Rich Dad Poor Dad by Robert Kiyosaki (Book of the Week)

Alex Hamm January 19, 2015 1
Rich Dad Poor Dad by Robert Kiyosaki (Book of the Week)

I am sure that seeing Rich Dad Poor Dad as a featured ‘book of the week’, is no surprise to most of you. The reason it is being posted this week, is because I just recently read it! Before the holiday season of 2014, I had yet to get my hands on the #1 personal finance book known to man.

Rich Dad Poor Dad, written by investor and educator Robert Kiyosaki was first published in 1994 and has now become a best-seller in many categories, and sold millions of copies over it’s two decades of existence. It has trained millions of amateur investors to look closer at what they are investing in and why they investing in that asset, if they are investing at all.

My personal favorite concept that gave me the most value was Robert’s simplified explanation of assets and liabilities. Simply put, assets put money in your pocket on a regular basis, and liabilities take money out of your pocket. Now as a student of business and money making opportunities, I found this explanation extremely clear and valuable. The reason lies in the truth that the statement holds.



Kiyosaki and his wife have now turned the book into a multi-million dollar business, teaching people across the world on the importance of investing and financial education through books, seminars, and even board games. Their movement is simple sweeping across the world.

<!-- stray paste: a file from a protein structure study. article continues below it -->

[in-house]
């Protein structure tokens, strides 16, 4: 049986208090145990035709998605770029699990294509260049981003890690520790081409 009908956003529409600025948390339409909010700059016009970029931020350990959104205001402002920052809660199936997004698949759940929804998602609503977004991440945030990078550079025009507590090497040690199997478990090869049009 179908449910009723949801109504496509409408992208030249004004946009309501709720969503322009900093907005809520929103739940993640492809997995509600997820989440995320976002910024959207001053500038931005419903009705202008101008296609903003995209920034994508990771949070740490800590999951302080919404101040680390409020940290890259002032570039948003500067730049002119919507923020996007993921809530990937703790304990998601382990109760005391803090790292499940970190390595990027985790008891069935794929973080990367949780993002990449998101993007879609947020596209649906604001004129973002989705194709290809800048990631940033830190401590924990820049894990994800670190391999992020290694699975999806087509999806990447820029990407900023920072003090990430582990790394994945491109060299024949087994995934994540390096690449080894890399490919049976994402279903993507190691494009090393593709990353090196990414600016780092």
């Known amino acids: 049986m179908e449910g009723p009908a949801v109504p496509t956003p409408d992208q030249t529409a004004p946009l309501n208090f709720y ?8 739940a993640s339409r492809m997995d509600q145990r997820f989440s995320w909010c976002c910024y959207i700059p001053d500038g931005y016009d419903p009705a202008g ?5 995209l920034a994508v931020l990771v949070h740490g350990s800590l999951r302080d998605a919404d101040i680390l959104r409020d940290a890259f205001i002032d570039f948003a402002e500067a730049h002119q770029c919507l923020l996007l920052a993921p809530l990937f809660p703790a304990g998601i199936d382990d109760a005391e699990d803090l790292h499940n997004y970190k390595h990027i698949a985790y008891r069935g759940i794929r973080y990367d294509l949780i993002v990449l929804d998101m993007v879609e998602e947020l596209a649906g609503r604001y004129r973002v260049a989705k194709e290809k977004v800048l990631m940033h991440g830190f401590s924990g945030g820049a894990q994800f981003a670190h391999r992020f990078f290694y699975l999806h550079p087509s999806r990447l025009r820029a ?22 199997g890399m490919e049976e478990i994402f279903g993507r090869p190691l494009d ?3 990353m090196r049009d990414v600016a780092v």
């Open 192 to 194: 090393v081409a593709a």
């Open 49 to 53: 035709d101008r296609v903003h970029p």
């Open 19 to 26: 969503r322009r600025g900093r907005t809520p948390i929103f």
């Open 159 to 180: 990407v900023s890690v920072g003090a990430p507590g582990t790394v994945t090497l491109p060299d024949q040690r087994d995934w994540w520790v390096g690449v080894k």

Rich Dad Poor Dad, and Kiyosaki have both taken swarms of criticism through the years. It has blatantly stated the trouble that many Americans are currently in due to their lack of financial education and money skills. But the scary thing is that, I believe, he is right.

That is why Rich Dad Poor Dad, is this week’s recommended reading. Grab your copy of Rich Dad Poor Dad, and start prospering today…(Note: Attitudes 4 Innovation and it’s partners will receive a small commission if you purchase your copy through the link below)

One Comment »

  1. avatar
    Musashi February 6, 2015 at 1:37 pm - Reply

    This book should be taught in every single middle school in America. It would help more than some government handout.

Leave A Response »